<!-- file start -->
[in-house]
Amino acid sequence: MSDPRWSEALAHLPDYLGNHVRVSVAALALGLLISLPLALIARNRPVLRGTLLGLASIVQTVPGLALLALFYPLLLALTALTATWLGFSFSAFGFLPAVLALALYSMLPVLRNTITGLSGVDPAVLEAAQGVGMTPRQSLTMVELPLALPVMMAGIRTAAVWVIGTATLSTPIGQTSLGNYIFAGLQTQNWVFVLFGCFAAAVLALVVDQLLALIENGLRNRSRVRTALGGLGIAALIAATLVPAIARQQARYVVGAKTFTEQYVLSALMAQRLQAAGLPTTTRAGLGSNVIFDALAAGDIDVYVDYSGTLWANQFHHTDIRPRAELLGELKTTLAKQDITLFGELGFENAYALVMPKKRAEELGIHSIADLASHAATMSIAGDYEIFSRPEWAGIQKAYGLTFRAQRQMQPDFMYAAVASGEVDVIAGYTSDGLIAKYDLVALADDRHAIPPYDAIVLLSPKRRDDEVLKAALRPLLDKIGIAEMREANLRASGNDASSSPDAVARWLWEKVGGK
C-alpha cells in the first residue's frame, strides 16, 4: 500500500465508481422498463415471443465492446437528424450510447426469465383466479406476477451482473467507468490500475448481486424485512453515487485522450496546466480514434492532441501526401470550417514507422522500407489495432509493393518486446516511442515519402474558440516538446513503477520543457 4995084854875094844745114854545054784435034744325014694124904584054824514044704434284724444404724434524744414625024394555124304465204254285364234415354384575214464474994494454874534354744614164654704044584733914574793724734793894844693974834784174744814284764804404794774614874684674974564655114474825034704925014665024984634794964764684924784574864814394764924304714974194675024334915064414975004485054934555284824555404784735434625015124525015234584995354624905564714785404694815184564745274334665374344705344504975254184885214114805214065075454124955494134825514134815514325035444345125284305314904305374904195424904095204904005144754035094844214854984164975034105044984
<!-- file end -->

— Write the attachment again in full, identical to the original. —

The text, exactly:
[in-house]
Amino acid sequence: MSDPRWSEALAHLPDYLGNHVRVSVAALALGLLISLPLALIARNRPVLRGTLLGLASIVQTVPGLALLALFYPLLLALTALTATWLGFSFSAFGFLPAVLALALYSMLPVLRNTITGLSGVDPAVLEAAQGVGMTPRQSLTMVELPLALPVMMAGIRTAAVWVIGTATLSTPIGQTSLGNYIFAGLQTQNWVFVLFGCFAAAVLALVVDQLLALIENGLRNRSRVRTALGGLGIAALIAATLVPAIARQQARYVVGAKTFTEQYVLSALMAQRLQAAGLPTTTRAGLGSNVIFDALAAGDIDVYVDYSGTLWANQFHHTDIRPRAELLGELKTTLAKQDITLFGELGFENAYALVMPKKRAEELGIHSIADLASHAATMSIAGDYEIFSRPEWAGIQKAYGLTFRAQRQMQPDFMYAAVASGEVDVIAGYTSDGLIAKYDLVALADDRHAIPPYDAIVLLSPKRRDDEVLKAALRPLLDKIGIAEMREANLRASGNDASSSPDAVARWLWEKVGGK
C-alpha cells in the first residue's frame, strides 16, 4: 500500500465508481422498463415471443465492446437528424450510447426469465383466479406476477451482473467507468490500475448481486424485512453515487485522450496546466480514434492532441501526401470550417514507422522500407489495432509493393518486446516511442515519402474558440516538446513503477520543457 4995084854875094844745114854545054784435034744325014694124904584054824514044704434284724444404724434524744414625024394555124304465204254285364234415354384575214464474994494454874534354744614164654704044584733914574793724734793894844693974834784174744814284764804404794774614874684674974564655114474825034704925014665024984634794964764684924784574864814394764924304714974194675024334915064414975004485054934555284824555404784735434625015124525015234584995354624905564714785404694815184564745274334665374344705344504975254184885214114805214065075454124955494134825514134815514325035444345125284305314904305374904195424904095204904005144754035094844214854984164975034105044984